Michael Edan Revisits “Dracula”
With Elmwood’s successful season opener, Dracula, closing last weekend, its Director, Michael Edan, reflects on the play’s timeless allure.
Michael says, “In the fall of 1977, while Frank Langella was playing the title role in the Broadway revival of the 1924 play Dracula, I was performing the role of Renfield in the same play in a small community theatre in Kalamazoo, Michigan. Being relatively new to the world of acting, it was exciting for me to play such an eccentric character in my mid-twenties. I ratted my hair, looking like I stuck my finger in an electric socket, and had a blast making my appearance look as emaciated as possible. Let’s just say my performance was not subtle. Little did I realize I would have the opportunity to revisit the play nearly half a century later, but this time playing the role of director. The first thing that impressed me now was how well the play stands the test of time psychologically, as well as theatrically, since its original publication. Revisiting it allowed me the opportunity, especially as director, to explore the theme of good and evil, as well as levels of relationships between the various characters in a way that was more believable and nuanced than my previous experience. Perhaps one reason for the popularity of Dracula is the prospect of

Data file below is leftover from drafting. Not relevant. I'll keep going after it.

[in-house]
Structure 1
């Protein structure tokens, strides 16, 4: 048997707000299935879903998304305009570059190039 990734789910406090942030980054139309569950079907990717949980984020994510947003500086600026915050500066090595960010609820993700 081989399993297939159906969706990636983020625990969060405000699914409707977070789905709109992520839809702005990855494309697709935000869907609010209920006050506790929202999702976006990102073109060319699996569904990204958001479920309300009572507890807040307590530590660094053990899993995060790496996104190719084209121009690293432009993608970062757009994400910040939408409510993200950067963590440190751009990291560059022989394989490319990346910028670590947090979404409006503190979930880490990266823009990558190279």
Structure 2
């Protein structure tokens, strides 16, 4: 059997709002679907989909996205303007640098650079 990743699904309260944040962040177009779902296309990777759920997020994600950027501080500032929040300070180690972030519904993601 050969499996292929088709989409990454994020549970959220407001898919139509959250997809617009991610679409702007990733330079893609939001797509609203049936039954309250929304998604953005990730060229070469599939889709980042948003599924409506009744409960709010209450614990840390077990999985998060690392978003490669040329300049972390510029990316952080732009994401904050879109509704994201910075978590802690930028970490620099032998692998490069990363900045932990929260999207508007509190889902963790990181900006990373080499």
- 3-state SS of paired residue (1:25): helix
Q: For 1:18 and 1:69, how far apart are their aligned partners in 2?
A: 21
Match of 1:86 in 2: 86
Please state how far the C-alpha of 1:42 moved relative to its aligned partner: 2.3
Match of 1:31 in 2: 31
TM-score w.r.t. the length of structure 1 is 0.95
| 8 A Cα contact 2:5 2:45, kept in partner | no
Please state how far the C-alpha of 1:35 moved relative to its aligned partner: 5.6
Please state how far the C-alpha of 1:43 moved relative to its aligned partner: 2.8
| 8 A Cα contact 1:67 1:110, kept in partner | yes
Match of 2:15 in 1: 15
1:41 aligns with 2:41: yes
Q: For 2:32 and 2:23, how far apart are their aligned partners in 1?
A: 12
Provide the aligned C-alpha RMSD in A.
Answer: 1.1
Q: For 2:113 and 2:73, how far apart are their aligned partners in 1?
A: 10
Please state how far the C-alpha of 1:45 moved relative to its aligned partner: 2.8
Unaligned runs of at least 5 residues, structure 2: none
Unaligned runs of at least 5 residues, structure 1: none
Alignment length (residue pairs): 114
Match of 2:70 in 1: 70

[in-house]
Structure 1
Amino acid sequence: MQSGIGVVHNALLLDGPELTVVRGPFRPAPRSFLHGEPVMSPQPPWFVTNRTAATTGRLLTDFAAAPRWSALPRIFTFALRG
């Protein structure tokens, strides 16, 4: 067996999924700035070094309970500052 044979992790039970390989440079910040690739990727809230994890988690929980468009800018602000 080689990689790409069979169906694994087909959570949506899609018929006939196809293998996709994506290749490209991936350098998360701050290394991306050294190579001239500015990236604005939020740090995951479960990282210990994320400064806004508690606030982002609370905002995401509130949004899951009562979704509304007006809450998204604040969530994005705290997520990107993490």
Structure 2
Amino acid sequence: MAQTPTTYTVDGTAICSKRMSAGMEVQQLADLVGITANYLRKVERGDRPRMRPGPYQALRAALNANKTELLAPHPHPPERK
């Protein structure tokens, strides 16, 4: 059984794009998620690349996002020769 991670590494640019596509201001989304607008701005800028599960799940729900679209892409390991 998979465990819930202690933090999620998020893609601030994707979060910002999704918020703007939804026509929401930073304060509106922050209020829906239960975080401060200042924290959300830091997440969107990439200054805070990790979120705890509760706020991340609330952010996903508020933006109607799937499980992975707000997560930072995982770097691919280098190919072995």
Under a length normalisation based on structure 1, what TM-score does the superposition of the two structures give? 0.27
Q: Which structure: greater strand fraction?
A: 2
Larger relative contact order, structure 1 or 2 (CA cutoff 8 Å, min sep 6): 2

revisiting whatever he represents for the human psyche.”
As Michael observes, the play Dracula has an enduring appeal—and our Elmwood production was no exception. The house filled performance after performance with audience members eager to enter into the spirit of this classic tale. Kudos to Michael, the cast, the creatives, and the technicians and crew that brought Dracula to life on the Elmwood stage!